20. A wind turbine in accordance with claim 14 wherein said beam comprises a hollow cavity extending between said beam first end and said beam second end, said wind turbine further comprising:
at least one target coupled to said beam within said cavity proximate said beam first end; and
a camera positioned proximate said beam second end within said hub, said camera configured to measure the deflection of said beam by measuring at least one of a displacement and a rotation of said target.
Description
BACKGROUND OF THE INVENTION

This invention relates generally to wind turbines, and more particularly to methods and apparatus for measuring wind turbine blade deflection.

Wind power is quickly becoming a growing energy source around the world. As such, wind turbines are increasing in size and capacity. Specifically, to increase energy output, rotor blade length is increased while rotor blade weight is decreased. Due to this increase in size and decrease in weight, the rotor blades are subject to greater deflection forces. However, due to the greater deflection forces, the risk of one of the rotor blades striking the wind turbine tower is increased. In addition, rotor blade deflection produces fatigue in the rotor blades and other wind turbine components. To minimize fatigue, many modern wind turbines use rotor blade pitch control strategies that require measuring the deflection of one or more rotor blades.

Known wind turbines include sensors for detecting rotor blade deflection. These sensors are typically mounted on the rotor blades. Accordingly, communication signals and/or power cables must be provided across a pitch axis of the rotor blades. As such, known wind turbines utilize slip ring, twisted-wire, or radio-frequency methods to bring the communication or power cables from the rotor blade to the rotor hub. However, these techniques increase assembly and maintenance time, and increase the complexity of obtaining data relating to the rotor blade deflection. Accordingly, measurement techniques of the kind presently in use have not previously provided blade deflection measurements in a cost effective and reliable manner.

BRIEF DESCRIPTION OF THE INVENTION

In one aspect, a method for determining rotor blade deflection is provided, wherein a rotor blade is coupled to a hub. The method includes coupling a first end of a beam to the rotor blade, positioning a second end of the beam adjacent the hub, measuring the deflection of the beam using at least one sensor, and determining the deflection of the blade based on the deflection of the beam.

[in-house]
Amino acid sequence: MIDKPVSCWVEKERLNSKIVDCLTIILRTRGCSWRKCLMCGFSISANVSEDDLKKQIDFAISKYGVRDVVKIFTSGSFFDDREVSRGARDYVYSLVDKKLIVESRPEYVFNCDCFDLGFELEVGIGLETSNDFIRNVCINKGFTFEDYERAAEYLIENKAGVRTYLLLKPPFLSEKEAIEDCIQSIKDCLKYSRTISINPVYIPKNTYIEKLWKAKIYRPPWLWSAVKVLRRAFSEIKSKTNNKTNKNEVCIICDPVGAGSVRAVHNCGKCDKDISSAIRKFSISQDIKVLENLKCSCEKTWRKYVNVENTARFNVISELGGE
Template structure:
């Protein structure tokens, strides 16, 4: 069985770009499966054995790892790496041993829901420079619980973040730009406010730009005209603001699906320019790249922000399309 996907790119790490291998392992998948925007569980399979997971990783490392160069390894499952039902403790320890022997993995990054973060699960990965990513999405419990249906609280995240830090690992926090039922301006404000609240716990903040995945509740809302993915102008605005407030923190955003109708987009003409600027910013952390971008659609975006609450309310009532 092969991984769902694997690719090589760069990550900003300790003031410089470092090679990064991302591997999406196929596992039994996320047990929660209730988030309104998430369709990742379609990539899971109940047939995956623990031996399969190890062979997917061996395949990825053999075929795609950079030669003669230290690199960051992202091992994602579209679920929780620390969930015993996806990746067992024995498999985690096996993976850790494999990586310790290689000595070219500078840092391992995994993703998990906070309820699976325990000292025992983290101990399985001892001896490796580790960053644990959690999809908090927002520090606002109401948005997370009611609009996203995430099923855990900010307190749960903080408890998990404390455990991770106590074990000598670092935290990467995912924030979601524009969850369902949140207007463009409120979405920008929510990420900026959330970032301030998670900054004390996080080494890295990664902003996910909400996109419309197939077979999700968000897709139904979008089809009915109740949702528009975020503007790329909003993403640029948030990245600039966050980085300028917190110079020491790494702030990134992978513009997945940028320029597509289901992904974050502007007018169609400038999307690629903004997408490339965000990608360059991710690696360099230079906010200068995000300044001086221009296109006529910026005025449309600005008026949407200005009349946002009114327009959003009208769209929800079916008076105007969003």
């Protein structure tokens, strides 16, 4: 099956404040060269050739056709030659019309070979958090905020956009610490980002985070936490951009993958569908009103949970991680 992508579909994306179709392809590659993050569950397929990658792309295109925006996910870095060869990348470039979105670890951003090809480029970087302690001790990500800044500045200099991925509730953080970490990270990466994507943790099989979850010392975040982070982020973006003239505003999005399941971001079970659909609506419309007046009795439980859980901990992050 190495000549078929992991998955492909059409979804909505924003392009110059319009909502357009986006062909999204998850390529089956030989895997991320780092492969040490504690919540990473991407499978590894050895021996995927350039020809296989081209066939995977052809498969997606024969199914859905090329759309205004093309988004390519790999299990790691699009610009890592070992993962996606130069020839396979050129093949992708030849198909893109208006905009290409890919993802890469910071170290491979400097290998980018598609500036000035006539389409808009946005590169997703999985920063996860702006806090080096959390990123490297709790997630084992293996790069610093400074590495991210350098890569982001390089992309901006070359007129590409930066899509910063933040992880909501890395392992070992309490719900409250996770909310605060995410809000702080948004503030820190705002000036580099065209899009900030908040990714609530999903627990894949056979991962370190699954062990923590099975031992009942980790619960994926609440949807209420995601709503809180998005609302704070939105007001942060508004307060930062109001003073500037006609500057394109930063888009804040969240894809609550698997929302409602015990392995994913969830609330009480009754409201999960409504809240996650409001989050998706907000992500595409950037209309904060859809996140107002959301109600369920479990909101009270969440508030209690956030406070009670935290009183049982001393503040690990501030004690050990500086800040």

In another aspect, an apparatus for determining the deflection of a rotor blade is provided, wherein the rotor blade is coupled to a hub of a rotor. The apparatus includes a beam having a first end and a second end, wherein the first end is configured to be coupled to the rotor blade, and the second end is configured to extend at least partially within the hub. The apparatus also includes at least one sensor configured to be positioned within the hub for measuring the deflection of the beam.

In yet another aspect a wind turbine is provided that includes a tower having a first end and a second end, a nacelle mounted to the tower first end, and a rotor coupled to the nacelle. The rotor includes a hub and at least one rotor blade extending outwardly from the hub. The wind turbine also includes at least one beam, wherein each beam extends at least partially into one of the at least one rotor blades and extends at least partially into the hub. The wind turbine further includes at least one sensor positioned within the hub for measuring deflection of the at least one beam.

BRIEF DESCRIPTION OF THE DRAWINGS

FIG. 1 is a side elevational view of a wind turbine;

FIG. 2 is a side view of an exemplary blade deflection measuring assembly that can be used with the wind turbine shown in FIG. 1;

FIG. 3 is a side view of an alternative blade deflection measuring assembly; and

FIG. 4 is a schematic illustration of a portion of the blade deflection measuring assembly shown in FIG. 3.

FIG. 5 is a side view of another alternative blade deflection measuring assembly.

FIG. 6 is a side view of another alternative blade deflection measuring assembly.

DETAILED DESCRIPTION OF THE INVENTION